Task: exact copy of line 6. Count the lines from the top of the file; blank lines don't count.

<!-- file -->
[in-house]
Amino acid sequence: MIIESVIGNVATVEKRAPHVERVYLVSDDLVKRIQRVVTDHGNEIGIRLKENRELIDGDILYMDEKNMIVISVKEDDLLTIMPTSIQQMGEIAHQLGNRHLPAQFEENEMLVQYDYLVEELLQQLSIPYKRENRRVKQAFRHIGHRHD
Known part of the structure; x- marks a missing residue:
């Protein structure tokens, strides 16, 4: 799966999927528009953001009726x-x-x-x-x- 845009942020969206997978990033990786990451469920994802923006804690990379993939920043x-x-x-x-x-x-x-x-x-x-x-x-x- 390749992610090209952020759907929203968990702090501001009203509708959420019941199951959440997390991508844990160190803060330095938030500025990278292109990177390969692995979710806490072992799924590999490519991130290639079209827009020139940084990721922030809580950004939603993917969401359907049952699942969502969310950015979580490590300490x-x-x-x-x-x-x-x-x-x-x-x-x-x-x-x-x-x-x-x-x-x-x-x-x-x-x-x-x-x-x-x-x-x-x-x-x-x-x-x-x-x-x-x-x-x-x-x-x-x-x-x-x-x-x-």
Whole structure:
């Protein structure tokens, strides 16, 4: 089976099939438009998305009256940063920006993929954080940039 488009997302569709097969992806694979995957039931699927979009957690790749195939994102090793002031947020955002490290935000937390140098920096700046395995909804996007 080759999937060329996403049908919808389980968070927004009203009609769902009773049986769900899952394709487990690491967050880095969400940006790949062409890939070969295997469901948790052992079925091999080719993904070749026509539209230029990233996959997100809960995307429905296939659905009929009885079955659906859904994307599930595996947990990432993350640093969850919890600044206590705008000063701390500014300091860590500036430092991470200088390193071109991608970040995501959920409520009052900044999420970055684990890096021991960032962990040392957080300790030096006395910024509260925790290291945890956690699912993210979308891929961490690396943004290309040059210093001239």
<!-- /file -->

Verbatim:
């Protein structure tokens, strides 16, 4: 089976099939438009998305009256940063920006993929954080940039 488009997302569709097969992806694979995957039931699927979009957690790749195939994102090793002031947020955002490290935000937390140098920096700046395995909804996007 080759999937060329996403049908919808389980968070927004009203009609769902009773049986769900899952394709487990690491967050880095969400940006790949062409890939070969295997469901948790052992079925091999080719993904070749026509539209230029990233996959997100809960995307429905296939659905009929009885079955659906859904994307599930595996947990990432993350640093969850919890600044206590705008000063701390500014300091860590500036430092991470200088390193071109991608970040995501959920409520009052900044999420970055684990890096021991960032962990040392957080300790030096006395910024509260925790290291945890956690699912993210979308891929961490690396943004290309040059210093001239």